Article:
Pennsylvania House Rejects Senate Changes to Hepatitis Bill for Emergency Response Workers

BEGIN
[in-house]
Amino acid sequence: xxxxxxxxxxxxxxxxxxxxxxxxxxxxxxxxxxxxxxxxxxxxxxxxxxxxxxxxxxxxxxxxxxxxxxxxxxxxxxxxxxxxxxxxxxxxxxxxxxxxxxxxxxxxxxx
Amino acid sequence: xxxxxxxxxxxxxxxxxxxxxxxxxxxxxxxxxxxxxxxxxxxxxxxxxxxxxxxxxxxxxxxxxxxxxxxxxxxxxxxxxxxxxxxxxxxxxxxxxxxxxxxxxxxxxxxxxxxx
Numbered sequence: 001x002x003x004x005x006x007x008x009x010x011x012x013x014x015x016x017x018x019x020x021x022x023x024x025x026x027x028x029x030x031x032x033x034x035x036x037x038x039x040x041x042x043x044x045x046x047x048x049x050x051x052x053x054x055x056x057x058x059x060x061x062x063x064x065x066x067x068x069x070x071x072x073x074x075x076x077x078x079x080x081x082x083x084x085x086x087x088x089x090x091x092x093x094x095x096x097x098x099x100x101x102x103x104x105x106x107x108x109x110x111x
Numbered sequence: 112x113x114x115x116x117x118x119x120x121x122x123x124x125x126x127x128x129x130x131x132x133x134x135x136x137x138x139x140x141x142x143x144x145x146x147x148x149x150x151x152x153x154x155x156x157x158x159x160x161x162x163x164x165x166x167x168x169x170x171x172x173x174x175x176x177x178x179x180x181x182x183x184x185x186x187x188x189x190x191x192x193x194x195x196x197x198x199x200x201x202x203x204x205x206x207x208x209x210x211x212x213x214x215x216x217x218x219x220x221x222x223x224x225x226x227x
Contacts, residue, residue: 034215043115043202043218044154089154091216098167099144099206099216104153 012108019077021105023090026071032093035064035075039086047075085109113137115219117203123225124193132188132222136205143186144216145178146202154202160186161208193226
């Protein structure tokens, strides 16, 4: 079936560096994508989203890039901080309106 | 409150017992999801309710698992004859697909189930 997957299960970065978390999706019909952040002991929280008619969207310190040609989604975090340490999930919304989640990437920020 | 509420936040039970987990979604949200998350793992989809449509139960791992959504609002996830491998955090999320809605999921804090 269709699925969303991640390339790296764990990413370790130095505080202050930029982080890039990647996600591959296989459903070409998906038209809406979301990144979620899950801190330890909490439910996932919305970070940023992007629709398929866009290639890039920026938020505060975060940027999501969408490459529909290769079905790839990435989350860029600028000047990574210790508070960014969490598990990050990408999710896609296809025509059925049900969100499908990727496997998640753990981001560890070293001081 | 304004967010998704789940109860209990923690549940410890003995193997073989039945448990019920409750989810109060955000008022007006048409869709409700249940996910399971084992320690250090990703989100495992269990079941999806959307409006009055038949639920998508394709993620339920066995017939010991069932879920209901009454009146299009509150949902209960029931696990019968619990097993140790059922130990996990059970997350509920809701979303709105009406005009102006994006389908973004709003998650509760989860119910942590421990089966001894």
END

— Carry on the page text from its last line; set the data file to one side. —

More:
The Pennsylvania House of Representatives yesterday voted unanimously to reject the state Senate's version of a bill that would allow rescue workers infected with hepatitis C to collect disability benefits, the Philadelphia Inquirer reports. The Senate version would have made it more difficult for firefighters, paramedics, police officers and other emergency responders to qualify for such benefits. Under the original House-passed bill, hepatitis C would be classified as a "job-related illness" for emergency response workers, who would be "presumed" to have contracted the virus on the job if they fell sick. However, the Senate voted last week to amend the bill to give employers several ways to challenge the presumption clause. The House voted to remove provisions that would have allowed employers to deny emergency workers benefits if an employee did not report a possible exposure at the time of the incident or if a testing program did not reveal hepatitis exposure within a "reasonable time" after exposure. Members of the House elected to keep one Senate provision that allowed employers to deny benefits if a screening program determined that infection occurred before an employee's date of hire. "We can live with that," Tom O'Drain, president of the Philadelphia Firefighters Union, Local 22 of the International Association of Fire Fighters, said. "Our job should be to make it as easy as possible for firefighters, paramedics, police officers and other emergency responders to get treatment for hepatitis C, not place additional obstacles in front of them," House Majority Leader John Perzel (R), sponsor of the original bill, explained. The House then sent the bill back to the Senate for reconsideration later this week (Wiggins, Philadelphia Inquirer, 12/11).This is part of the KHN Morning Briefing, a summary of health policy coverage from major news organizations. Sign up for an email subscription.